Bishop Carter offers insight to 2020 General Conference delegates
NASHVILLE - Council of Bishops President Ken Carter today challenged delegates to the 2020 General Conference to use prayer in grappling with the tough questions that The United Methodist Church.
This was at the end of the first day of the Pre-General Conference Briefing at the Omni Hotel in Nashville, Tennessee, organized by the United Methodist Communications agency.
“You sit in these chairs because people respect you and they trust you. When the church is in the in midst of a difficult conversation—which we are; and when the church is called to make a courageous decision—which we are: others have lifted your names to be at these tables—and you are,” Bishop Carter told the delegates.
Here are the questions Bishop Carter posed to the delegates.
1. How much separation and space do we need, and how will we allow that for each other?
I think the need for separation and space is derived from a flawed understanding of holiness and righteousness. Holiness and righteousness are not separation from each other to achieve some kind of purity. Holiness, for Wesleyans, is love of God and love of neighbor (Matthew 22), and, I would add, love of enemy (Matthew 5).
2. How much adaptation and contextualization can we craft into our missional strategy and yes, our Book of Discipline?
It is very difficult to have one book of law that serves the missional needs of Monrovia, Liberia, Monterrey, California and Montgomery, Alabama. Uniformity is not unity, and adaptation is a deeply rooted value in missiology. And we are about the mission of God.
3. How can we design a sustainable church?
This is about finances, about human resources, about our climate. We are interested in sustainability because we want to design a church that will allow our children and grandchildren to serve, that will allow next generations to serve and lead, as many of us have been given these opportunities.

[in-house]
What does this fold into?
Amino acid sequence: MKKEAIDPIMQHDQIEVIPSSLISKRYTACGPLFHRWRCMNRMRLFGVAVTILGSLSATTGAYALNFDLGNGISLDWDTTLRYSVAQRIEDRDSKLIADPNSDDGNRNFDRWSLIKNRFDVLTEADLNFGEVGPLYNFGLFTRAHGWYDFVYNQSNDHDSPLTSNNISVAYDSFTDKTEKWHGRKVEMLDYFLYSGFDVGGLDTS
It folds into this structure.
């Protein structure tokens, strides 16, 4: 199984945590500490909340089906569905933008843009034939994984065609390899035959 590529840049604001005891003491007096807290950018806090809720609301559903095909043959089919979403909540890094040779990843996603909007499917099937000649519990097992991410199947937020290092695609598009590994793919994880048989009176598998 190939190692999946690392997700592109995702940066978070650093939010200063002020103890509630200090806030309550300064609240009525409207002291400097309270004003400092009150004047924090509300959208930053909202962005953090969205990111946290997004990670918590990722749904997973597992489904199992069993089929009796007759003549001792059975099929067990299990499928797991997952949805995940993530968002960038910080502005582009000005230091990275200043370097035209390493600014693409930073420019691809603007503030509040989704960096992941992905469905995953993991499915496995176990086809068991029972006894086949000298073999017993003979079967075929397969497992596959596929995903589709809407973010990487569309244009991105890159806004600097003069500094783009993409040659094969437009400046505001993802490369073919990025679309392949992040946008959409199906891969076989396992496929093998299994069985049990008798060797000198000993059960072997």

4. How can we see the witness of next generations in our churches and hear the voices of those who are not yet in our churches, who have not yet come to know Jesus Christ and Lord and Savior?
This is about the public mission, the stakeholders who are outside the walls of our church and even our membership, and it goes beyond the concerns of those already on the inside. How will you craft legislation and design a church that speaks to and for those in whom the prevenient grace of God is already at work?
5. How do we see each other: With a heart of war or with a heart of peace?
The Commission on a Way Forward and I want to honor the thirty-two persons of that global body and the other two moderators, not only brought three plans to the special session; they modeled a way of being, and taught a way to see each other.
A heart of peace is not being nice to each other. It is refusing to dehumanize each other, refusing to harm each other, refusing stereotype each other or exaggerate our differences.
When the mediated protocol asks us to hold LGBTQ related trials in abeyance, it is asking us to lay down the weapon of a trial and to seek accountability in a different way, in this season.
6. How can we be both aware of our past and open to a new future?
We have united and divided in the past. We look back on some of that and we see our human sin, our racism, our will to power. We need to be aware of our past.
And we need to know that God can work through us to do a new thing (Isaiah 43). Even now it springs forth. Something in our church is dying. And something is being born. In my own language, I hope to define and grow a large, gracious, inclusive, evangelical center that keeps as many people as possible at the table of the Lord, who feeds us, so that we might feed others.
7. Lastly, how can we remember who we are? And this leads us into prayer.
This is not work avoidance. This is the work. Thank you for doing the work.